Evening is the movie that should have opened Mother's Day weekend.
It's the chickiest of chick flicks, starring two sets of real-life moms and daughters. Vanessa Redgrave and Natasha Richardson portray mother and adult child, and Meryl Streep and Mamie Gummer play the same character, but at different ages and stages.
Evening, based on the 1998 Susan Minot novel of the same name, is a fluid film that moves from past to present, from dreams to waking states, from remorse to no regret.
The movie opens with a dying woman named Ann Lord (Redgrave) and her two daughters at her bedside. Constance (Richardson) is a calm, content wife and mother, and Nina (Toni Collette) a single woman with red streaks in her dark hair and a restless streak in her life.
When Ann, who moves in and out of sleep, memory, dreams and a drug-induced haze, starts talking about someone named Harris, the younger women are confused. Who's Harris?
"Harris was my first mistake," their mother confides. "Your first mistake is like your first kiss. You never forget it."
Ann drifts back to the 1950s, when she was a young New Yorker (now played by Claire Danes) arriving in swanky Newport, R.I., for the wedding of Lila (Gummer), a college friend. Lila's family is strictly old money, and their summer place is a magnificent mansion perched at water's edge.
The bride's brother, Buddy (Hugh Dancy), tries to enlist Ann in convincing Lila to call off the wedding. Buddy has some issues of his own, starting with a drinking problem that alarms even the champagne-soaked society swells. Hovering on the fringe of all this is a family friend named Harris (Patrick Wilson).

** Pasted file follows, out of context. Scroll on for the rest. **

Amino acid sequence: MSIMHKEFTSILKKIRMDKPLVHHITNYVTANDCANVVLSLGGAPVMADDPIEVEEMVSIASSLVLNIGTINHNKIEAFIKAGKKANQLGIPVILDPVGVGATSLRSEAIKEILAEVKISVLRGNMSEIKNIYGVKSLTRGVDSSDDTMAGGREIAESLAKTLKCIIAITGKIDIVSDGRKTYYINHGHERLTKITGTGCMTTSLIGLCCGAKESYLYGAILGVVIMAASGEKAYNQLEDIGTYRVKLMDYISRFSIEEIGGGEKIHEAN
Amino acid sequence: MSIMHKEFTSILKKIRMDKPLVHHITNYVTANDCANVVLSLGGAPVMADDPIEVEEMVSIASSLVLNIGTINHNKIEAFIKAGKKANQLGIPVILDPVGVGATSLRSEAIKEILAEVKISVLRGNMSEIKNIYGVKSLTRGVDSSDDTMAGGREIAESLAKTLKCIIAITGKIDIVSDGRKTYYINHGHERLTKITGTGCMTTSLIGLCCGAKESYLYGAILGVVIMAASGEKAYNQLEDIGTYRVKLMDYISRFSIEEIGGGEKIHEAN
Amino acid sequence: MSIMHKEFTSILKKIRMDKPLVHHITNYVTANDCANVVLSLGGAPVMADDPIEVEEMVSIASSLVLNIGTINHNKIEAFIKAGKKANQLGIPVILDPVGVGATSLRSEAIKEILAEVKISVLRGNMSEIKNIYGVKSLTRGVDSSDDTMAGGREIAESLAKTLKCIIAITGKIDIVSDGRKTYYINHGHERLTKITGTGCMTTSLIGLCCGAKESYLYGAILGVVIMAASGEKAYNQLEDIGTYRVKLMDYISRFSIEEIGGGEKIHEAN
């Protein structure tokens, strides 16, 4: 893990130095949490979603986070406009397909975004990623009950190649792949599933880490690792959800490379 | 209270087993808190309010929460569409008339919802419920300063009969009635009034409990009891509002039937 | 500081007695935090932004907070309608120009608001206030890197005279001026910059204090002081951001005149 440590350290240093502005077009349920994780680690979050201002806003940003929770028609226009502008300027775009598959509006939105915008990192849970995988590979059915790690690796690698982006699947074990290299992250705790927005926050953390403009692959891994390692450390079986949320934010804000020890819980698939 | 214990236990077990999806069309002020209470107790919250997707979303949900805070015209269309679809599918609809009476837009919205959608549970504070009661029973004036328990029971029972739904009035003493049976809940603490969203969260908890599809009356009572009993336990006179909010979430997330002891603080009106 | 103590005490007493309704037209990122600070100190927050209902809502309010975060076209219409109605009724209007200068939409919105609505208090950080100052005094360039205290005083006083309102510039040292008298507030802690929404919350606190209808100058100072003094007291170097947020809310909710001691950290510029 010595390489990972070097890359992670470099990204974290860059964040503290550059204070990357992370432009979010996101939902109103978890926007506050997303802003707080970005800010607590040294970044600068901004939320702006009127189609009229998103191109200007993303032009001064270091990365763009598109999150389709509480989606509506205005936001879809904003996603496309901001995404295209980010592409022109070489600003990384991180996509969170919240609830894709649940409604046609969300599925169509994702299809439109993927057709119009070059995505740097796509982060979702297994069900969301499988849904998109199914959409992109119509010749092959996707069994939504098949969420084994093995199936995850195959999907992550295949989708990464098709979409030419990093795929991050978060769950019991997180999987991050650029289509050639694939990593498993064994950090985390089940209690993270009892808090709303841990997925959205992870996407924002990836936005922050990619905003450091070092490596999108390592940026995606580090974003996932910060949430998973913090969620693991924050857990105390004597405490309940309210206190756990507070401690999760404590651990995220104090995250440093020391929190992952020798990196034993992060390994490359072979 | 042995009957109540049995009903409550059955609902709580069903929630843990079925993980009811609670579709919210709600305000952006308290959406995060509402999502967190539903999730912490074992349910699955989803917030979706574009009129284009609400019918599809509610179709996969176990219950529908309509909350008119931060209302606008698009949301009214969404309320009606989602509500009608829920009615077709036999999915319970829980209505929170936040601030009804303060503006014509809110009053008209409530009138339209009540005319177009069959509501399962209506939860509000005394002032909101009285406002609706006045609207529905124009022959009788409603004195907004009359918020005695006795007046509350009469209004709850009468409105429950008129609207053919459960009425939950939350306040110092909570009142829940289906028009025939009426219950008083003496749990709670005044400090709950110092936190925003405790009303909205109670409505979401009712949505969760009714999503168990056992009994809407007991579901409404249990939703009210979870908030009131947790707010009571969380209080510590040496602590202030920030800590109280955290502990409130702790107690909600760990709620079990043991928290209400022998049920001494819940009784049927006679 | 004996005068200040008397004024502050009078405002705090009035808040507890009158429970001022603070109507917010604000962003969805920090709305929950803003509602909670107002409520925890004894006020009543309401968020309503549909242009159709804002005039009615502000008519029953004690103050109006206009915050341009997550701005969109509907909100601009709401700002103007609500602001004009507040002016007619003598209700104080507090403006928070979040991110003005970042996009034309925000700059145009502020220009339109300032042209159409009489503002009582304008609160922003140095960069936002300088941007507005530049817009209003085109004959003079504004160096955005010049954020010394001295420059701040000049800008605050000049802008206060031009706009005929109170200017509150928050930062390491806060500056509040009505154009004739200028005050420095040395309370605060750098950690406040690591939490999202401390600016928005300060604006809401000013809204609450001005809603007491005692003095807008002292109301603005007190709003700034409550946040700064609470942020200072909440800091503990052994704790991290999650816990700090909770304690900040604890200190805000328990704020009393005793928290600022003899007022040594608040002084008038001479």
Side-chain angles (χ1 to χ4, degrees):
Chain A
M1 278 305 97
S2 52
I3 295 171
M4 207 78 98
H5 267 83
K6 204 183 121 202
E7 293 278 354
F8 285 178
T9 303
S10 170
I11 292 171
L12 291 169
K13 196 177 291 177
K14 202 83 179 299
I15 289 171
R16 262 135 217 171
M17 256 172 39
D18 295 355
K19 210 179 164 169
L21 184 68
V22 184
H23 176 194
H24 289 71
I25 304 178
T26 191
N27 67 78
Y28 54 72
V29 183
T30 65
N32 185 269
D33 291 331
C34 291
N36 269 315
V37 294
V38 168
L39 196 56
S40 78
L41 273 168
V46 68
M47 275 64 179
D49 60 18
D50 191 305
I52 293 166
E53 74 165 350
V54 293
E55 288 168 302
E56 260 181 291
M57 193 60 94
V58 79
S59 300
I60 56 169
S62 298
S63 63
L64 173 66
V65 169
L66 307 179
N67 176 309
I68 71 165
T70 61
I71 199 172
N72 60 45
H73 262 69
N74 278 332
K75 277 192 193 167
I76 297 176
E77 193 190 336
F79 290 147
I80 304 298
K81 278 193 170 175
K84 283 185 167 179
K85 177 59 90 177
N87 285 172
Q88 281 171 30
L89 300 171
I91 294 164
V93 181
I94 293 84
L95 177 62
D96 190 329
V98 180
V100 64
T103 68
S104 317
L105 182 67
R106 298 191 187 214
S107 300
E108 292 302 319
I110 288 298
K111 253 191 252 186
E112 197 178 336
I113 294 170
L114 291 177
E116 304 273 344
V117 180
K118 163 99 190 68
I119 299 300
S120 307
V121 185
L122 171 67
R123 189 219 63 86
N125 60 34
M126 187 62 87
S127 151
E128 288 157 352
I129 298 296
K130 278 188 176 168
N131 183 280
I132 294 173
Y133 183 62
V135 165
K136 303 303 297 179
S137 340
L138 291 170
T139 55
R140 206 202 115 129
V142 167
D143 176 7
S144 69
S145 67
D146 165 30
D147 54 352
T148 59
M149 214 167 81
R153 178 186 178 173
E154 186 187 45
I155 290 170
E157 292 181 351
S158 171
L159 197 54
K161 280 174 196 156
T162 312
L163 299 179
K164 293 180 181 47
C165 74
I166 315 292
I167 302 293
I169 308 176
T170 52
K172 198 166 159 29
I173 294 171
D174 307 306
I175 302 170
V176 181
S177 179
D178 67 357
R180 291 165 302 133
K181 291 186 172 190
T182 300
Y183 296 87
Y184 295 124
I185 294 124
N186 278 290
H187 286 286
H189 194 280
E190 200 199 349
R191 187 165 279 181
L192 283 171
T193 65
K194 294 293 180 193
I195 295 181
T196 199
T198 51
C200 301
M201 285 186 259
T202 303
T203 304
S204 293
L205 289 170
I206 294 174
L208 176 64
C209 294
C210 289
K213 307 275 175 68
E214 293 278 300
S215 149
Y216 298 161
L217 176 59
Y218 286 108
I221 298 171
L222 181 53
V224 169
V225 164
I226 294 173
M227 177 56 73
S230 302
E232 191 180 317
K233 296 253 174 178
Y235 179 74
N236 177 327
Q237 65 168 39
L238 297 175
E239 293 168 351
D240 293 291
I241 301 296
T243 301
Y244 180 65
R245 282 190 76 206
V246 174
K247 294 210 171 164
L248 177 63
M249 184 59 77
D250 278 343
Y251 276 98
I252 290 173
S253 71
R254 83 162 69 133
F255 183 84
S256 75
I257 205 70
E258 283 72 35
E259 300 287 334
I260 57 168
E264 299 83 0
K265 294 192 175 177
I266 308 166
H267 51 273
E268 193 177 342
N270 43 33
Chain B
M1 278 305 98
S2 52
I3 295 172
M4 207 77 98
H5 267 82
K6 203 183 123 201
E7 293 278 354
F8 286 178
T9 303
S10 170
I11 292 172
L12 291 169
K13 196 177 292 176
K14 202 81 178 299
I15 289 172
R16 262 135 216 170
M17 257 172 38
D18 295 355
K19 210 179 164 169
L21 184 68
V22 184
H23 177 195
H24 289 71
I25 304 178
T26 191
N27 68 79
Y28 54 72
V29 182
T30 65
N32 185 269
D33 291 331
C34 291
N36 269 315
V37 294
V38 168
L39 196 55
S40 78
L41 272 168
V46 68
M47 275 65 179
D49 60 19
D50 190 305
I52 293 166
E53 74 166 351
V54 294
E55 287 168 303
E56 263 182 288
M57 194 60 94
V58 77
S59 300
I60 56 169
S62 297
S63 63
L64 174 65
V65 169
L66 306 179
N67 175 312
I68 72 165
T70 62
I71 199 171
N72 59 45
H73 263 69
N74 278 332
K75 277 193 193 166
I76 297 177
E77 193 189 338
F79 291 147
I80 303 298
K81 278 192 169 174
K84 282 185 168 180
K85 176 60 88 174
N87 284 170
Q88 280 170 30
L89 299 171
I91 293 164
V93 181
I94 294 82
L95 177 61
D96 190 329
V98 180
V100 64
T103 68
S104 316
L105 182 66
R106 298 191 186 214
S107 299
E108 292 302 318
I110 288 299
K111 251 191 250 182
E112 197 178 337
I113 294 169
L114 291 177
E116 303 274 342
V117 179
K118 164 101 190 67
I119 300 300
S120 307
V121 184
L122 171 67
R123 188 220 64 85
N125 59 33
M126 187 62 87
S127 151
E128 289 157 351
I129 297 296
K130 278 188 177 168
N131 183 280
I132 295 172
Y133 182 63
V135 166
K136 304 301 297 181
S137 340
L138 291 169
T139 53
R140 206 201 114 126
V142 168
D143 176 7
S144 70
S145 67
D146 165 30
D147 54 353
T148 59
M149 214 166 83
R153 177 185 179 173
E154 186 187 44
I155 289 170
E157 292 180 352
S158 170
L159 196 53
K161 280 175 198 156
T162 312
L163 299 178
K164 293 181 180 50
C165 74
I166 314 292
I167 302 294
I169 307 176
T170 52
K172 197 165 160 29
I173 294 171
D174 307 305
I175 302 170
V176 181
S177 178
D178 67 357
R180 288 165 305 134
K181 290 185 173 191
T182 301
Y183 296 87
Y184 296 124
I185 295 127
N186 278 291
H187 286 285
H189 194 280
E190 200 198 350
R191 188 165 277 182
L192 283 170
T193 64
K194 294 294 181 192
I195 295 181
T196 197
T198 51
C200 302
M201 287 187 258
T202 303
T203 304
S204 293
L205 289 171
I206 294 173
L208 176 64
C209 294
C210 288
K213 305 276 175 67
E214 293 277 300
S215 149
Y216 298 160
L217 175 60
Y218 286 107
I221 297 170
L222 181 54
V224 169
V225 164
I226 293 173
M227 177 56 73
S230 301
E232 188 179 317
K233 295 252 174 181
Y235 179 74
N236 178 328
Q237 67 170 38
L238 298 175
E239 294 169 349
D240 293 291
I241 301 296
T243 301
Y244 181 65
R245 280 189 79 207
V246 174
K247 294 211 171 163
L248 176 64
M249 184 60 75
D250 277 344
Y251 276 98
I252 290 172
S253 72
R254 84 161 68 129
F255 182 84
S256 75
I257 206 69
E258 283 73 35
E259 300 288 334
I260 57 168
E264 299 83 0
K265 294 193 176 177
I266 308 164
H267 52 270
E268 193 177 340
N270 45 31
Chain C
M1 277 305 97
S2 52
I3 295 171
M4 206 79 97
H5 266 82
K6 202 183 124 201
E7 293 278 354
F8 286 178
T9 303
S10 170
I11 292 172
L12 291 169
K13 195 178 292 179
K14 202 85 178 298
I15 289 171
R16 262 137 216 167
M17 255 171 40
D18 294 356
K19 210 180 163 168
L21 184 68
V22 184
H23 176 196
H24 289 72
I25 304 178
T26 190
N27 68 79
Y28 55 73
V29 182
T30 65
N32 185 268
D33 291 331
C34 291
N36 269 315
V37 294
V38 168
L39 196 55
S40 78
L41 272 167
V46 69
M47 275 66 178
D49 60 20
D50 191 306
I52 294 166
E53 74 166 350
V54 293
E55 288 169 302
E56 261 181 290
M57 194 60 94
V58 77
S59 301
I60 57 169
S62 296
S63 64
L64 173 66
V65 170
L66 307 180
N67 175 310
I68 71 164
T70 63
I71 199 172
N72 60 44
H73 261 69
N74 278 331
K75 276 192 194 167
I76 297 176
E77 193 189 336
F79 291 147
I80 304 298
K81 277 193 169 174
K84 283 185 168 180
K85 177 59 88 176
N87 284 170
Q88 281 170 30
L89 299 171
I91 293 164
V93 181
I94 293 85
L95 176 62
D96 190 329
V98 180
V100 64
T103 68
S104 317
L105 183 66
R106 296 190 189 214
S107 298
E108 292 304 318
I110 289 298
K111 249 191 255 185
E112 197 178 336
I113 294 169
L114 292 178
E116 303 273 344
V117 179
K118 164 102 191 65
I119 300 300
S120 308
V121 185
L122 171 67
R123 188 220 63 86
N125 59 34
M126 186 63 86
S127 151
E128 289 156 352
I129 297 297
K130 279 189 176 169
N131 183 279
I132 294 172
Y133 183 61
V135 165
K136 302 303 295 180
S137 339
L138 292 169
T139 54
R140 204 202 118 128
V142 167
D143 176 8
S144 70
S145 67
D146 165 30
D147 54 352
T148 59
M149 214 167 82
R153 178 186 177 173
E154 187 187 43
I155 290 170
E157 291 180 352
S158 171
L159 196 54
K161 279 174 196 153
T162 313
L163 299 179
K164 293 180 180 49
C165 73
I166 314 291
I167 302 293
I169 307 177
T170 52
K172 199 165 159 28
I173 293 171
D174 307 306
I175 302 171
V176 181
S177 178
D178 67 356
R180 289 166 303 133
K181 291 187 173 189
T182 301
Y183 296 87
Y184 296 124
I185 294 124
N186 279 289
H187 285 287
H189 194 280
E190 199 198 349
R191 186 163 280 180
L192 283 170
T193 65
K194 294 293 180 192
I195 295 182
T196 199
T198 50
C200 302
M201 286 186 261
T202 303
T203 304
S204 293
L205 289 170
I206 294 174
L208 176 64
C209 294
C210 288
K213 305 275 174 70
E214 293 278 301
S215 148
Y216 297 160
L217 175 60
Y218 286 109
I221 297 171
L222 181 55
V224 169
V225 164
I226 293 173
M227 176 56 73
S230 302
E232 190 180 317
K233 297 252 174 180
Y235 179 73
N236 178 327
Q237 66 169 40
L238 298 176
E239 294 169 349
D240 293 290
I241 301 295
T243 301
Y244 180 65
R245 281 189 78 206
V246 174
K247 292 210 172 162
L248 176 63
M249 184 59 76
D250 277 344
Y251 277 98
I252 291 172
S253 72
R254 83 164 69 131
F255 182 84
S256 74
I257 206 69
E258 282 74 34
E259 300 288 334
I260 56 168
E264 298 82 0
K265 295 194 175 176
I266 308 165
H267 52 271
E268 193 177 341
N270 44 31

As the flashbacks show us what happened to the principal players at the wedding, we witness the bubbling tension between the sisters. "If you go on being the bad girl there's a very real chance you'll end up alone," Connie warns Nina, who stands at a crossroad herself.
Evening, directed by Budapest na-tive Lajos Koltai, falls into predictable, melodramatic traps but is elevated by the acting.
Like Away From Her star Julie Christie, the 70-year-old Redgrave is a portrait of aging beauty, with gray hair and forehead lines that haven't been erased with a syringe of Botox. Makeup adds a decade to Streep, 58, in a way that's convincing but certainly not Devil Wears Prada glamorous.
Although it's hard to buy Danes as a younger Redgrave (when the Oscar winner's own daughter with Tony Richardson is right there), both women have a spark about them.
If Redgrave, Danes, and Streep - not to mention Richardson and Collette - weren't enough of an attraction, throw in Glenn Close as a society matron and Eileen Atkins as a night nurse.
Evening, adapted by Minot and The Hours novelist Michael Cunningham, feels as if it's been compressed. You can sense something's missing.
In the book, Ann has five children, and while two daughters make for a tidier tale, they have a history that's only hinted at. Harris remains something of a mysteryious presence, too, even as the story shows us a scene Ann wouldn't have witnessed but would have imagined.
Evening is an imperfect movie told with delicacy, and Redgrave is the glue that holds it together, contributing grace, restraint, and a touch of class.
The Block News Alliance consists of The Blade and the Pittsburgh Post-Gazette. Barbara Vancheri is the movie editor for the Post-Gazette.
Contact her at: firstname.lastname@example.org